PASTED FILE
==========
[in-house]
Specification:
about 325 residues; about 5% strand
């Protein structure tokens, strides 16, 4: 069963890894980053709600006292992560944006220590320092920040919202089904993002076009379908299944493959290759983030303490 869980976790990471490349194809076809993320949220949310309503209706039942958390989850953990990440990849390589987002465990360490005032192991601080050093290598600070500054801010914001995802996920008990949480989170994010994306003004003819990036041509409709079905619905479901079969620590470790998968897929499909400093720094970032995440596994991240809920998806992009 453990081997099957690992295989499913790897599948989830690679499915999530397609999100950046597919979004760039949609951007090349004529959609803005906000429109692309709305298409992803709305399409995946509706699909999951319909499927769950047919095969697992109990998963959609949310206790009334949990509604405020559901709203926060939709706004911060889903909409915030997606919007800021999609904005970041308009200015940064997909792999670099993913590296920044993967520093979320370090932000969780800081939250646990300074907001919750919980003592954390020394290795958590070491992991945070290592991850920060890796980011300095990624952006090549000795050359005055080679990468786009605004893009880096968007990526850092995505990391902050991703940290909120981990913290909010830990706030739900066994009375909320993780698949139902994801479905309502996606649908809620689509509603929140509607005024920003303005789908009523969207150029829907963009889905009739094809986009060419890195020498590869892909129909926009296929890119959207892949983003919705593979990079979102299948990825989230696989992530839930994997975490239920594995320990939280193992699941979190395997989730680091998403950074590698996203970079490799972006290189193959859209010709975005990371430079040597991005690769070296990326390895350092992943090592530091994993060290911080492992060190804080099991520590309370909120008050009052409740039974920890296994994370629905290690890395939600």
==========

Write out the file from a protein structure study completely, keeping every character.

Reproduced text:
[in-house]
Specification:
about 325 residues; about 5% strand
């Protein structure tokens, strides 16, 4: 069963890894980053709600006292992560944006220590320092920040919202089904993002076009379908299944493959290759983030303490 869980976790990471490349194809076809993320949220949310309503209706039942958390989850953990990440990849390589987002465990360490005032192991601080050093290598600070500054801010914001995802996920008990949480989170994010994306003004003819990036041509409709079905619905479901079969620590470790998968897929499909400093720094970032995440596994991240809920998806992009 453990081997099957690992295989499913790897599948989830690679499915999530397609999100950046597919979004760039949609951007090349004529959609803005906000429109692309709305298409992803709305399409995946509706699909999951319909499927769950047919095969697992109990998963959609949310206790009334949990509604405020559901709203926060939709706004911060889903909409915030997606919007800021999609904005970041308009200015940064997909792999670099993913590296920044993967520093979320370090932000969780800081939250646990300074907001919750919980003592954390020394290795958590070491992991945070290592991850920060890796980011300095990624952006090549000795050359005055080679990468786009605004893009880096968007990526850092995505990391902050991703940290909120981990913290909010830990706030739900066994009375909320993780698949139902994801479905309502996606649908809620689509509603929140509607005024920003303005789908009523969207150029829907963009889905009739094809986009060419890195020498590869892909129909926009296929890119959207892949983003919705593979990079979102299948990825989230696989992530839930994997975490239920594995320990939280193992699941979190395997989730680091998403950074590698996203970079490799972006290189193959859209010709975005990371430079040597991005690769070296990326390895350092992943090592530091994993060290911080492992060190804080099991520590309370909120008050009052409740039974920890296994994370629905290690890395939600």